Employment in the tourism sector increased by 83,900 jobs, following the massive employment loss of 881,700 jobs in March and April. Despite the increase, the number of individuals employed in tourism was 39.2% lower than in February 2020, and 41.2% lower than in May 2019. There were 868,400 fewer people employed in tourism this May than there were one year prior.

Please note: To allow comparisons with tourism sector data, which sees significant employment fluctuations over the year, we use seasonally unadjusted data for both tourism employment and overall employment. This May, there was a large gap between the seasonally adjusted and seasonally unadjusted increase in employment (290,000 and 620,500, respectively).

In May, overall employment (unadjusted for seasonality), increased by 620,500. The increase in tourism employment accounted for 13.5% of that increase. This is in contrast to the employment decreases that occurred in March and April, when tourism accounted for 30.3% of employment decreases.

By industry group, the news was mixed. From April to May, employment increased in accommodations (14,100), food and beverage services (52,300), and recreation and entertainment (35,700). However, employment losses continued in transportation (-9,500) and travel services (-8,700).

In the accommodations and recreation and entertainemnt industry groups, employment increases were almost exclusively driven by full-time jobs. In food and beverage services, 62.9% of added jobs were part-time. Overall, 64.6% of the increase in employment was in full-time work.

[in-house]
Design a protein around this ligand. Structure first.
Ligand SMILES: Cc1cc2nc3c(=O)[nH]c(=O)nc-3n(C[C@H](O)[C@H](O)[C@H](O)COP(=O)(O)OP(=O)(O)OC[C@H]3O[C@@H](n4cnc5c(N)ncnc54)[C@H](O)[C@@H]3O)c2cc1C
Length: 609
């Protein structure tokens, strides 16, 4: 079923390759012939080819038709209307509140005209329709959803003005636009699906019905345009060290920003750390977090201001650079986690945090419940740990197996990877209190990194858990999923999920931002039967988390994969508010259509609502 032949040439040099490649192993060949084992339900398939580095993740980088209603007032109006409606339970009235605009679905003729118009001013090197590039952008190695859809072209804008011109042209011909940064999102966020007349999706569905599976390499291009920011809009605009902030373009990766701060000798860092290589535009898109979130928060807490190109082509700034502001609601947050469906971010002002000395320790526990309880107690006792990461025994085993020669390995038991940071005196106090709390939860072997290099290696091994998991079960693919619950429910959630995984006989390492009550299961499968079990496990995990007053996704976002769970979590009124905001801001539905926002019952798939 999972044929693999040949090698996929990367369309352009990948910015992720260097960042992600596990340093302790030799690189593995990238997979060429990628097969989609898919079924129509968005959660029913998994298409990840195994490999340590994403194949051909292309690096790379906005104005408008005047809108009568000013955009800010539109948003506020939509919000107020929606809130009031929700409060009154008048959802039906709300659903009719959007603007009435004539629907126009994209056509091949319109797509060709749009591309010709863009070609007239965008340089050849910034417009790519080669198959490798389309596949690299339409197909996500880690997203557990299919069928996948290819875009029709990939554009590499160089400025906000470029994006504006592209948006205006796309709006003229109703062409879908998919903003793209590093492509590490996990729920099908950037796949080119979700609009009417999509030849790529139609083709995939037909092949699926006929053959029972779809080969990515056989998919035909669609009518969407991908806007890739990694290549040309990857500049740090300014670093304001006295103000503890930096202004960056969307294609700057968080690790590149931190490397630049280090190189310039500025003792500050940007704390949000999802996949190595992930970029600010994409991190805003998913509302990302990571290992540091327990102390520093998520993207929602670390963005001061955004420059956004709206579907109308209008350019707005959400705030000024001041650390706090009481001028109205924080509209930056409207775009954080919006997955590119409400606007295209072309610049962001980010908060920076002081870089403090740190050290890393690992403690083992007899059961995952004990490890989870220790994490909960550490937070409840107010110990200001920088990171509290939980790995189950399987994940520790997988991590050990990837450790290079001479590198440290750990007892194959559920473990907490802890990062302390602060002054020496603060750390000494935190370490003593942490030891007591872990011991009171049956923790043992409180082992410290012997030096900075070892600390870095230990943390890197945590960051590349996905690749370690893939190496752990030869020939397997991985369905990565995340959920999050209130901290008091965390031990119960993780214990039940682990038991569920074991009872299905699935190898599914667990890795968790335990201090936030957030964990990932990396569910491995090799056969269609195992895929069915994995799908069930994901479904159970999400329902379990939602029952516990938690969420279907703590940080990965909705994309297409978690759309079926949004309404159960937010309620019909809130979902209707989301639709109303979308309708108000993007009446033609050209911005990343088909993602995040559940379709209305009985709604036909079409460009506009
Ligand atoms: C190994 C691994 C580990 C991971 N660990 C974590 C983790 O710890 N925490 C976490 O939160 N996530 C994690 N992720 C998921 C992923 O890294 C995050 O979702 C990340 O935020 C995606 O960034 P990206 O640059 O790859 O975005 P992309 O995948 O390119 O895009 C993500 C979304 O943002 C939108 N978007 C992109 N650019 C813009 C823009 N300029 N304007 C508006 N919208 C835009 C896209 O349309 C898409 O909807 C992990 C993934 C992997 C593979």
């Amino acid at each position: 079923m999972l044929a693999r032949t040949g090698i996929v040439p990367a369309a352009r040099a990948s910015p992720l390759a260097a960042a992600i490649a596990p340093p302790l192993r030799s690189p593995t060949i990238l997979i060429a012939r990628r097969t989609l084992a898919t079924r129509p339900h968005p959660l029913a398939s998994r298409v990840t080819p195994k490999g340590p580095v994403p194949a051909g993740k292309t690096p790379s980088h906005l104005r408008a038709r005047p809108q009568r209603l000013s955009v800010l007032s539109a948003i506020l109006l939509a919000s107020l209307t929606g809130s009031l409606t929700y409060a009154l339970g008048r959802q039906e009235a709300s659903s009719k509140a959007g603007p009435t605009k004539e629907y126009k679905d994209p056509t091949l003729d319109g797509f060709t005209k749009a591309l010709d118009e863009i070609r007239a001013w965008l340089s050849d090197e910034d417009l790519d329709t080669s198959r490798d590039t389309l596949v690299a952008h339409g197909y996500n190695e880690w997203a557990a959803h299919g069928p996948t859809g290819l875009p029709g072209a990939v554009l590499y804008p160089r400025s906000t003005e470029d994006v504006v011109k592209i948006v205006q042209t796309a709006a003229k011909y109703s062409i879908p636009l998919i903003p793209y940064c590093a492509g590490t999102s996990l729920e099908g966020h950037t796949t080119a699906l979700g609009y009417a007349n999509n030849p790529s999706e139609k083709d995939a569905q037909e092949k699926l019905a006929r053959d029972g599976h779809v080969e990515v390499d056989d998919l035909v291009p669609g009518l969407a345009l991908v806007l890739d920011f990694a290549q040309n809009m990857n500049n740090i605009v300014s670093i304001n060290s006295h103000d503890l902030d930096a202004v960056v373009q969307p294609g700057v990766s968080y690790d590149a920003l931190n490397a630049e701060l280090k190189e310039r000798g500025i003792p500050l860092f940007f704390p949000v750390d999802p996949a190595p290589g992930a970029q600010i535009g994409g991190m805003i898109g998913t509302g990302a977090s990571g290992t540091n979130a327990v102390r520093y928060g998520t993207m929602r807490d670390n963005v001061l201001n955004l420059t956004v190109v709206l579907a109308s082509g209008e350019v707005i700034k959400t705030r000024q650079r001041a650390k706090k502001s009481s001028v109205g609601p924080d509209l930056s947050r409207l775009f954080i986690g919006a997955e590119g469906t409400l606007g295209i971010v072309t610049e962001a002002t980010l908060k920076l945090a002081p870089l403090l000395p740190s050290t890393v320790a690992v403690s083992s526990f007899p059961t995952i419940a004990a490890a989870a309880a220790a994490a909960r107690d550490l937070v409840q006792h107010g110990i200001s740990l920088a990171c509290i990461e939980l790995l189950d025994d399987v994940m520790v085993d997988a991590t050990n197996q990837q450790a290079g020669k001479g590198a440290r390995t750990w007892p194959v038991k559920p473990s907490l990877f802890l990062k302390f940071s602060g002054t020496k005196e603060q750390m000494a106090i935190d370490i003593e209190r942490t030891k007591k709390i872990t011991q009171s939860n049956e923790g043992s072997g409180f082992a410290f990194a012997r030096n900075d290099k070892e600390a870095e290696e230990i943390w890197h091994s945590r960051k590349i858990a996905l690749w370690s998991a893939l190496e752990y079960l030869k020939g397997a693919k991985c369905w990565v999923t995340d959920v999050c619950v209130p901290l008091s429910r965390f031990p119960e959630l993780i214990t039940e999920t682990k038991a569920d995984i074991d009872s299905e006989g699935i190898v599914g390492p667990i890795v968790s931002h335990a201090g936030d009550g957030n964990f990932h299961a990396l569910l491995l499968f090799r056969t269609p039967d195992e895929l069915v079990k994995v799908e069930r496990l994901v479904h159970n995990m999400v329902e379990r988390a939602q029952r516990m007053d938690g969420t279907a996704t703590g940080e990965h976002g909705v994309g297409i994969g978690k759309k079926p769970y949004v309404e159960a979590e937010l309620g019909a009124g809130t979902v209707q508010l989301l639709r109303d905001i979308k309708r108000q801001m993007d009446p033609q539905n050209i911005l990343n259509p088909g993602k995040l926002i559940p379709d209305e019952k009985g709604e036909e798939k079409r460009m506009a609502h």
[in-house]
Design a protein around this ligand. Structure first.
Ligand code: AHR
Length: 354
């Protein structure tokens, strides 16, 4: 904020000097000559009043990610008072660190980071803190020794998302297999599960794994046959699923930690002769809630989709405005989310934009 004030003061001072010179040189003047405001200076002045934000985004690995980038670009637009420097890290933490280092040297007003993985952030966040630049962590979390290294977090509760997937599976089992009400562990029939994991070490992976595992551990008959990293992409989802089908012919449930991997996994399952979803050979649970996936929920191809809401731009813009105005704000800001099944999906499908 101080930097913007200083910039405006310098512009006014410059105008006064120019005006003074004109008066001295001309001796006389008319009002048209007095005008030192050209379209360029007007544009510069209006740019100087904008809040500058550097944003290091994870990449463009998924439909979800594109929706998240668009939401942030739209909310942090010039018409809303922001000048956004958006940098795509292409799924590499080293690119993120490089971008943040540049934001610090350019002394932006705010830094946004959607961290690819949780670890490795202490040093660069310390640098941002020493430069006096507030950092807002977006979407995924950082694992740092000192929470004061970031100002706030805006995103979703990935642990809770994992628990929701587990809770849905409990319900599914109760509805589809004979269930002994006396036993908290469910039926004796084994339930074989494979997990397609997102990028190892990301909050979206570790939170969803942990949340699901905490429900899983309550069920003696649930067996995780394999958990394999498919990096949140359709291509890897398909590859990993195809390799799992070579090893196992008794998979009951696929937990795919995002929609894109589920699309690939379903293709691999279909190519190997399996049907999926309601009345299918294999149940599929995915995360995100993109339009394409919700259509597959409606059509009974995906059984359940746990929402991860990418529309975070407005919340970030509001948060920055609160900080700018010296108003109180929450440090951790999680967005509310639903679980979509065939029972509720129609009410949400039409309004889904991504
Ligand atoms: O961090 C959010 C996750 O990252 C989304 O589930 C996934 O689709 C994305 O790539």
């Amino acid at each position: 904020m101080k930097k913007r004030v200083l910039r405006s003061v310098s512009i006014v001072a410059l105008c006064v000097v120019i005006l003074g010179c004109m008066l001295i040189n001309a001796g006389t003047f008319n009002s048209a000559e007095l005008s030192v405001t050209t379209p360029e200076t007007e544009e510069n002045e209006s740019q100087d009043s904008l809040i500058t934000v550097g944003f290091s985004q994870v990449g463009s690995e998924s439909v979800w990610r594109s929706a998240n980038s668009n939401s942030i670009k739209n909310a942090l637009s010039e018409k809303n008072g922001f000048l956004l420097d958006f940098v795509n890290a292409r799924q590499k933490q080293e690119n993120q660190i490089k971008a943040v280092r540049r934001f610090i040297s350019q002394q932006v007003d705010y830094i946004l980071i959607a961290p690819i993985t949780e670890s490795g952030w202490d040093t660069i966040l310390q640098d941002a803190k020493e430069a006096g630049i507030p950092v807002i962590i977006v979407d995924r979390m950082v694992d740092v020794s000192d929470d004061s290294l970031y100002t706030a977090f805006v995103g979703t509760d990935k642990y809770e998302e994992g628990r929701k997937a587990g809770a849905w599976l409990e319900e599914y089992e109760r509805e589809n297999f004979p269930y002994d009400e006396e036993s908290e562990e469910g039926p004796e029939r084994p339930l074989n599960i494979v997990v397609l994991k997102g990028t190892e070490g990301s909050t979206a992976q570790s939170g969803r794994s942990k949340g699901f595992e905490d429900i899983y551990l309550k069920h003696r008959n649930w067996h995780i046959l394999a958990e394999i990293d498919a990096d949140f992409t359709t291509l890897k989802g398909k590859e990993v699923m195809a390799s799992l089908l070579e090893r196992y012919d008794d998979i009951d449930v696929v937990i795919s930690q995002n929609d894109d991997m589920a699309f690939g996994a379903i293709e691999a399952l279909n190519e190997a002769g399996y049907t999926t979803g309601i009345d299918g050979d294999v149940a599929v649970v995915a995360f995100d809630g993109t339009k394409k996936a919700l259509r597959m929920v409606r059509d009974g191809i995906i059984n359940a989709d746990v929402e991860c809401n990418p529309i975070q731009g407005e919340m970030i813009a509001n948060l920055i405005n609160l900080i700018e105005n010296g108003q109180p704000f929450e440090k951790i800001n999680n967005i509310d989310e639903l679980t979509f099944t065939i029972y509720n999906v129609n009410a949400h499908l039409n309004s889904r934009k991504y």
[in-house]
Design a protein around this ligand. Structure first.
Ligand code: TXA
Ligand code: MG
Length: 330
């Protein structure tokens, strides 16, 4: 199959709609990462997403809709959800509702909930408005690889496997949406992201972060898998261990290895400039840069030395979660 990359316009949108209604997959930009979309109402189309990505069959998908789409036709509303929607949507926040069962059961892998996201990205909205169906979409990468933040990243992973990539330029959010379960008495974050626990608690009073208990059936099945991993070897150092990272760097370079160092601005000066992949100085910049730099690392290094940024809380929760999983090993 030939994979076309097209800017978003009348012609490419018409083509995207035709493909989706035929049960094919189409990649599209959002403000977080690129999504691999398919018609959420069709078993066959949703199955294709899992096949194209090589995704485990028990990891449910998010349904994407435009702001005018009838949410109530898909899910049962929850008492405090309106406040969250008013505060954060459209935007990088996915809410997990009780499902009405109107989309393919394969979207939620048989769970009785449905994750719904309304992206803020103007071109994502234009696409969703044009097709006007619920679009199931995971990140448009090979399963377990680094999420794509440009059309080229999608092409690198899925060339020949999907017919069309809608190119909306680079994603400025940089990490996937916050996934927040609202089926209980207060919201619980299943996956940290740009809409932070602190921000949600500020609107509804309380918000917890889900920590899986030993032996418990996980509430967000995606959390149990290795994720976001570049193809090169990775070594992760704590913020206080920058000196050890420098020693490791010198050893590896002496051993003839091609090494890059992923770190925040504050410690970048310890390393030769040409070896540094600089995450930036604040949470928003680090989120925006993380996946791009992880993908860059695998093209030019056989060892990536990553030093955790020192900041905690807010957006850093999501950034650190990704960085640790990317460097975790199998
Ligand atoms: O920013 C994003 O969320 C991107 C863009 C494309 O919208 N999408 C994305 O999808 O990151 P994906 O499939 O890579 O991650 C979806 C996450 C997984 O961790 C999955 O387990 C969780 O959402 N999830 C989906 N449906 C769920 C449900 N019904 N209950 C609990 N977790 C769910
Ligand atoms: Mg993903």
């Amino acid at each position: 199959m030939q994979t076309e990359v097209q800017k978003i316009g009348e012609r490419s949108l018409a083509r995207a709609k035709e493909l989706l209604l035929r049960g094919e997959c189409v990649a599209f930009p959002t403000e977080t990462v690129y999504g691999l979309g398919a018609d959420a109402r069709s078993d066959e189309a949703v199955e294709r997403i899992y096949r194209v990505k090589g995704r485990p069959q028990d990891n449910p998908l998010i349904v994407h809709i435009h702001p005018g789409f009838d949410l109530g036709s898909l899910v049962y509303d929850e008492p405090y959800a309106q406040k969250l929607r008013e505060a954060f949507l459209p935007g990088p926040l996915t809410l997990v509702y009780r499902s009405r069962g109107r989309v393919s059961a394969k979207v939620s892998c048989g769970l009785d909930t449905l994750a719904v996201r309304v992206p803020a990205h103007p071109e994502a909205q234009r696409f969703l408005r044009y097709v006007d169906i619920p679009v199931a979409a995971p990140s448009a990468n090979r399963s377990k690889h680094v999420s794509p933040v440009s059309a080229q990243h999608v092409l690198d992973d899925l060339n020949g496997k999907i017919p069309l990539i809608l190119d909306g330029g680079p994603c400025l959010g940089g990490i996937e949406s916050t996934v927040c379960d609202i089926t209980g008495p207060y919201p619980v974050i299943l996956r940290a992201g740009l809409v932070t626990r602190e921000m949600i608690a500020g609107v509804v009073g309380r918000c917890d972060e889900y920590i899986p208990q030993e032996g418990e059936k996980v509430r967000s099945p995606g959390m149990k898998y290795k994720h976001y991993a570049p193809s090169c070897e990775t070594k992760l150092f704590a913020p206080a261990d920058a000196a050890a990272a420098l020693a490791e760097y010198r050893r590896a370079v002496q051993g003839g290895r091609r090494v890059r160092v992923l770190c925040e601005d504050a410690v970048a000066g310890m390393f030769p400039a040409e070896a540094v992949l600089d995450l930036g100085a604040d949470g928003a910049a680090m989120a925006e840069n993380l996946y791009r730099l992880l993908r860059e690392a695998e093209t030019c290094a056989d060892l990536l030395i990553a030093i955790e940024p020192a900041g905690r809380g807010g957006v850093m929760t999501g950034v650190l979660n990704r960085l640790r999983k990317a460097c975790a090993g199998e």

Among the two industries that saw continued employment losses, 68.7% of the decrease in employment occurred in full-time positions.

Because the industry groups that make up tourism are different sizes, looking at the monthly change in employment as a percentage change relative to the previous month provides a more equitable picture of how each industry has been affected. It also helps illustrate the size of the employment increases, relative to the employment decreases that occurred previously.

With the addition of May’s employment losses, the travel services industry group has the largest overall employment loss as a percent of the number of individuals employed in February. Despite an increase in employment of 11.0% between April and May, the food and beverage services industry has the second largest overall employment loss since February (-45.2%). The accommodations, recreation and entertainment, and transportation industry groups have all lost around 32% of employment since February.

In May, tourism employment increased in all provinces except for Saskatchewan, which recorded a decrease. That decrease was driven by continued employment losses in the recreation and entertainment, transportation, and travel services industry groups, which were not offset by employment gains in accommodations and food and beverage services.